PHILADELPHIA -- The newest Giants gave the team a fresh look Wednesday night.
Summoned a day earlier from Triple-A Fresno, where they respectively batted fourth and fifth, Brett Pill and Roger Kieschnick remained an effective tandem in their initial appearance together for the Giants, who subdued the Philadelphia Phillies, 9-2.
Batting sixth, Pill followed his 3-for-4 performance Tuesday by driving in four runs with three more hits. His two-run single fueled San Francisco's four-run first inning before he added an RBI single in a three-run third and a seventh-inning homer. Pill's long ball ended the Giants' nine-game homerless streak.
Hitting seventh, Kieschnick made his Major League debut a memorable one by contributing RBI singles in each of those big innings. He became the first Giant to collect multiple hits and RBIs in his first Major League game since John Bowker did so against St. Louis on April 12, 2008.
"Good for them," Giants manager Bruce Bochy said. "It lifted the club and got contagious."
Thus motivated, numerous Giants helped the team end a dreadful 8-17 July on an upbeat note. Chad Gaudin (5-2) continued his remarkable transformation from reliever to starter by limiting Philadelphia to one run and four hits in seven innings. Buster Posey, who sat out Tuesday's game with stomach discomfort, singled and scored in each of his first two plate appearances. And Brandon Crawford snapped a streak of 259 at-bats without a homer by connecting off J.C. Ramirez in the seventh inning.
This added up to the Giants' highest-scoring game in the 12 they've played since the All-Star break. They surely savored winning a lopsided affair after being outscored 47-18 while losing eight of their previous nine games.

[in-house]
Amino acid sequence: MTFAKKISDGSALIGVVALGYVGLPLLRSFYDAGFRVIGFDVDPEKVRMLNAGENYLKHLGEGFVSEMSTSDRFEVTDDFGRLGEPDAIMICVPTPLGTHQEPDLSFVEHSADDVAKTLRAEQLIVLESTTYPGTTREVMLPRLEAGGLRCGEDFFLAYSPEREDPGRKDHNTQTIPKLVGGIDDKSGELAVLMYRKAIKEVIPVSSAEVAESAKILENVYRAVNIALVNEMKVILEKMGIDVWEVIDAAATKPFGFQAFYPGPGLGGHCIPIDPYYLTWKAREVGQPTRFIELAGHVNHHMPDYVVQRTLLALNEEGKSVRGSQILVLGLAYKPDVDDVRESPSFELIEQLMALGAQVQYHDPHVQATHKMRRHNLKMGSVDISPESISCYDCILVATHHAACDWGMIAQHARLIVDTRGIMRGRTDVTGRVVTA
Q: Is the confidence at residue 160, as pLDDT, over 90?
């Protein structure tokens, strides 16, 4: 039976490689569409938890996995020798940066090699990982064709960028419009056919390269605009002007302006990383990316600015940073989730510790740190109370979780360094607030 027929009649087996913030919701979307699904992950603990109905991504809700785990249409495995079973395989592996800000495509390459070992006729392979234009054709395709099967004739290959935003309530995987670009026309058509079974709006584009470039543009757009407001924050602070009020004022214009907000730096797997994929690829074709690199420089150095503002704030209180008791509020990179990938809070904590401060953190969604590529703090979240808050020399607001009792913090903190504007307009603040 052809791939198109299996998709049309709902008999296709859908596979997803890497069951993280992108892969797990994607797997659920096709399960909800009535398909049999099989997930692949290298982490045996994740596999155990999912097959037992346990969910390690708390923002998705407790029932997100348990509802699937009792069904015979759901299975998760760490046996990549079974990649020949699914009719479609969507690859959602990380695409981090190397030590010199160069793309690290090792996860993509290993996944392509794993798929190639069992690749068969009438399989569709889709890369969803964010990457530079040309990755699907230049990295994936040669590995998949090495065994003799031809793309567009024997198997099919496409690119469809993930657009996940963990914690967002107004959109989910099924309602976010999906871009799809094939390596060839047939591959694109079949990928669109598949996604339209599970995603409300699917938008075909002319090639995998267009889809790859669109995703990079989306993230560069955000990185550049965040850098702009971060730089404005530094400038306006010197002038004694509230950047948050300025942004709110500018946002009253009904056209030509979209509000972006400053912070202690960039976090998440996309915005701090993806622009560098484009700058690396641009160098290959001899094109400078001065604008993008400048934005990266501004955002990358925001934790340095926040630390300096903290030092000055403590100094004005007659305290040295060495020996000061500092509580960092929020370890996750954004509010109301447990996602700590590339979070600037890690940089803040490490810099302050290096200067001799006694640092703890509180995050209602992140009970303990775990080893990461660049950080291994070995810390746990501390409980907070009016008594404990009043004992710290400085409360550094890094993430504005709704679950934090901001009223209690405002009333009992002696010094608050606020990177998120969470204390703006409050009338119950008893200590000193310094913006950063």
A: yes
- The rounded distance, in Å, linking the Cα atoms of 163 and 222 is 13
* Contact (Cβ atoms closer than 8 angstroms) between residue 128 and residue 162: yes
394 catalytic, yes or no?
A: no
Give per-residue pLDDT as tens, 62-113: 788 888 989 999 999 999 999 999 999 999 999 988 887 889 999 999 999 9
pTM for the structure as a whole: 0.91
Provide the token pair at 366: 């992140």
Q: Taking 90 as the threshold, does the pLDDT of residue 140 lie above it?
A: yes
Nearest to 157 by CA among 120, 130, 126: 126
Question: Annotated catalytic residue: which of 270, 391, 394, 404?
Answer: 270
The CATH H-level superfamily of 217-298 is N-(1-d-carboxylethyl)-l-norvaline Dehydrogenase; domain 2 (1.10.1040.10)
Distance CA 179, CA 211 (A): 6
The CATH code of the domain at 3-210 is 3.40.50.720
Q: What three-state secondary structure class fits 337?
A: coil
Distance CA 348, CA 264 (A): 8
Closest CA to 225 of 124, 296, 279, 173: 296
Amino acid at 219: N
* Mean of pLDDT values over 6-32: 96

But the talk of the clubhouse was Pill and Kieschnick, who seem to have a karmic connection. Until Kieschnick christened his Major League career with his single off Phillies starter Kyle Kendrick, the last Giant to hit safely in his first big league plate appearance was Pill, who homered off San Diego's Wade LeBlanc on Sept. 6, 2011.
Kieschnick felt comfortable following Pill in the batting order, as he had done through much of the season.
"That was definitely nice," said Kieschnick, who delivered both of his hits on two-strike counts.
Kieschnick also drew upon the memory of a pseudo-Major League experience -- an at-bat against Oakland in a Bay Bridge Series exhibition a couple of years ago. That day, nervousness nearly overcame him.
"I just always remembered that feeling," said Kieschnick, 26. "I was like, if I ever get another opportunity, I'd like to control my emotions. So that at-bat definitely helped."
It also generated the inning's final run, which marked the first time this season that the Giants scored as many as four runs in the first inning.
"My command wasn't very good," said Kendrick (9-8). "The ball was up."
Another plate appearance that repelled the Phillies was Gaudin's in the third inning. He stroked a run-scoring single to left field that ended his 40-at-bat hitless streak, longest in the National League. It also gave Gaudin his first career RBI.
Bochy revealed that Gaudin recently took about 150 swings in a private batting-practice session, hoping to improve his technique. Gaudin confirmed this, saying, "When 15 people ask you, 'Hey, when are you going to get a hit?', it kind of wears on you. Maybe I overdid it a little, but it paid off."
Of course, pitching was Gaudin's primary task. Not only is he 5-1 since replacing Ryan Vogelsong in the rotation, but he's also 4-0 with a 3.10 ERA in five road starts, bucking the Giants' trend of poor performances away from AT&T Park.
Ultimately, the seeds of this victory might have been planted after the Giants lost Tuesday, 7-3. Bochy related that several players were genuinely frustrated and expressed their feelings.
"I saw some pretty good snaps after the game last night. They care," Bochy said before Wednesday's game.
Asked after Wednesday's win whether he thought Tuesday's resolve lingered, Bochy said, "They went out with a little different attitude. They were looser today."
That freer mindset also spread with the expiration of the non-waiver Trade Deadline, which loomed over Giants such as right fielder Hunter Pence and left-hander Javier Lopez and created tension throughout the clubhouse.
"I think everybody likes our team as it is," Gaudin said.
For the first time in a while, the Giants proved worthy of such admiration.
Chris Haft is a reporter for MLB.com. This story was not subject to the approval of Major League Baseball or its clubs.